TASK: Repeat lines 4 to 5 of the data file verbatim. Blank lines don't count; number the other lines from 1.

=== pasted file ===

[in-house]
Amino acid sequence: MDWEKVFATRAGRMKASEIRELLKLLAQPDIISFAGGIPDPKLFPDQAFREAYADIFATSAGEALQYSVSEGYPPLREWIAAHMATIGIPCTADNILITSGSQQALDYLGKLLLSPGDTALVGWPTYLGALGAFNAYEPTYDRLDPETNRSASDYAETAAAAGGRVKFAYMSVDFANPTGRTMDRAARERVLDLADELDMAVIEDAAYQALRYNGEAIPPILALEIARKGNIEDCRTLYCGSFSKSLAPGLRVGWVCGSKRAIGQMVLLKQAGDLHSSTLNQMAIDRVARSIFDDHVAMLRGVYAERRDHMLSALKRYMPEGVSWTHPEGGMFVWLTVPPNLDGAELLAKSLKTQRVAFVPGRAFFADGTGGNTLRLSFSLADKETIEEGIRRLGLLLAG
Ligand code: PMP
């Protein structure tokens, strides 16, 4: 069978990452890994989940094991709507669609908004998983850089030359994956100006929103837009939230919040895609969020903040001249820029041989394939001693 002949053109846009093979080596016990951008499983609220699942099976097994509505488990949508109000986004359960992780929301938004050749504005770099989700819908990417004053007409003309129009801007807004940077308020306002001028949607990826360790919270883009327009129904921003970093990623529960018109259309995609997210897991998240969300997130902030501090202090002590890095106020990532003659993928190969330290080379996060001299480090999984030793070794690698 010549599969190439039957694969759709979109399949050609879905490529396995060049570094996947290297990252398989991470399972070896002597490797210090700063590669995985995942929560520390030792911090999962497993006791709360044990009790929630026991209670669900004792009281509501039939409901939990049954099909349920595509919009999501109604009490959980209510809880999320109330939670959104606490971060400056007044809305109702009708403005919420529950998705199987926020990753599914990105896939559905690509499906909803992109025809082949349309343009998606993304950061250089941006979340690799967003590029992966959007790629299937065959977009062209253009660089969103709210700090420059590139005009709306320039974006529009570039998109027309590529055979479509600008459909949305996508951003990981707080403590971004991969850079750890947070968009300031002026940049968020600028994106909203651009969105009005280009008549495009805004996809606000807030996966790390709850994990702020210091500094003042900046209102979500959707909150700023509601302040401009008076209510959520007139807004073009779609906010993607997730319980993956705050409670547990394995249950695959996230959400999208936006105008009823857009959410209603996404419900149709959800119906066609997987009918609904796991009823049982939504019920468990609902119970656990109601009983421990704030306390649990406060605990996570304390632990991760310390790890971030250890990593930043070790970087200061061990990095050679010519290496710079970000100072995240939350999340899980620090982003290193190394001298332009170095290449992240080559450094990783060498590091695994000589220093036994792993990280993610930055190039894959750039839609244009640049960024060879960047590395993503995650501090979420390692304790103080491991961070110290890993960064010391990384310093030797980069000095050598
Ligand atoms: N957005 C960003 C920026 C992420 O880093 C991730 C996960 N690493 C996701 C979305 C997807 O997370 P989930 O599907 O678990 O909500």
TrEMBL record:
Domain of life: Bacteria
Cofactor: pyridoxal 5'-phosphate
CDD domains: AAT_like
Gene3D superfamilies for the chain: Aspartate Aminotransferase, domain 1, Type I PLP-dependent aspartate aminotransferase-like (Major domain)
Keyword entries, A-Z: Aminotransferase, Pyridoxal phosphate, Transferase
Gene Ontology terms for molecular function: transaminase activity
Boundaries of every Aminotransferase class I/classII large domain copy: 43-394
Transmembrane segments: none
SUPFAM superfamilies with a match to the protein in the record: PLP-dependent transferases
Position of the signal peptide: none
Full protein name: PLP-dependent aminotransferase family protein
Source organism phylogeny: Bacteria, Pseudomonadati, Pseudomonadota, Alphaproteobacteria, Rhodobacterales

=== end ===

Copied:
């Protein structure tokens, strides 16, 4: 069978990452890994989940094991709507669609908004998983850089030359994956100006929103837009939230919040895609969020903040001249820029041989394939001693 002949053109846009093979080596016990951008499983609220699942099976097994509505488990949508109000986004359960992780929301938004050749504005770099989700819908990417004053007409003309129009801007807004940077308020306002001028949607990826360790919270883009327009129904921003970093990623529960018109259309995609997210897991998240969300997130902030501090202090002590890095106020990532003659993928190969330290080379996060001299480090999984030793070794690698 010549599969190439039957694969759709979109399949050609879905490529396995060049570094996947290297990252398989991470399972070896002597490797210090700063590669995985995942929560520390030792911090999962497993006791709360044990009790929630026991209670669900004792009281509501039939409901939990049954099909349920595509919009999501109604009490959980209510809880999320109330939670959104606490971060400056007044809305109702009708403005919420529950998705199987926020990753599914990105896939559905690509499906909803992109025809082949349309343009998606993304950061250089941006979340690799967003590029992966959007790629299937065959977009062209253009660089969103709210700090420059590139005009709306320039974006529009570039998109027309590529055979479509600008459909949305996508951003990981707080403590971004991969850079750890947070968009300031002026940049968020600028994106909203651009969105009005280009008549495009805004996809606000807030996966790390709850994990702020210091500094003042900046209102979500959707909150700023509601302040401009008076209510959520007139807004073009779609906010993607997730319980993956705050409670547990394995249950695959996230959400999208936006105008009823857009959410209603996404419900149709959800119906066609997987009918609904796991009823049982939504019920468990609902119970656990109601009983421990704030306390649990406060605990996570304390632990991760310390790890971030250890990593930043070790970087200061061990990095050679010519290496710079970000100072995240939350999340899980620090982003290193190394001298332009170095290449992240080559450094990783060498590091695994000589220093036994792993990280993610930055190039894959750039839609244009640049960024060879960047590395993503995650501090979420390692304790103080491991961070110290890993960064010391990384310093030797980069000095050598
Ligand atoms: N957005 C960003 C920026 C992420 O880093 C991730 C996960 N690493 C996701 C979305 C997807 O997370 P989930 O599907 O678990 O909500």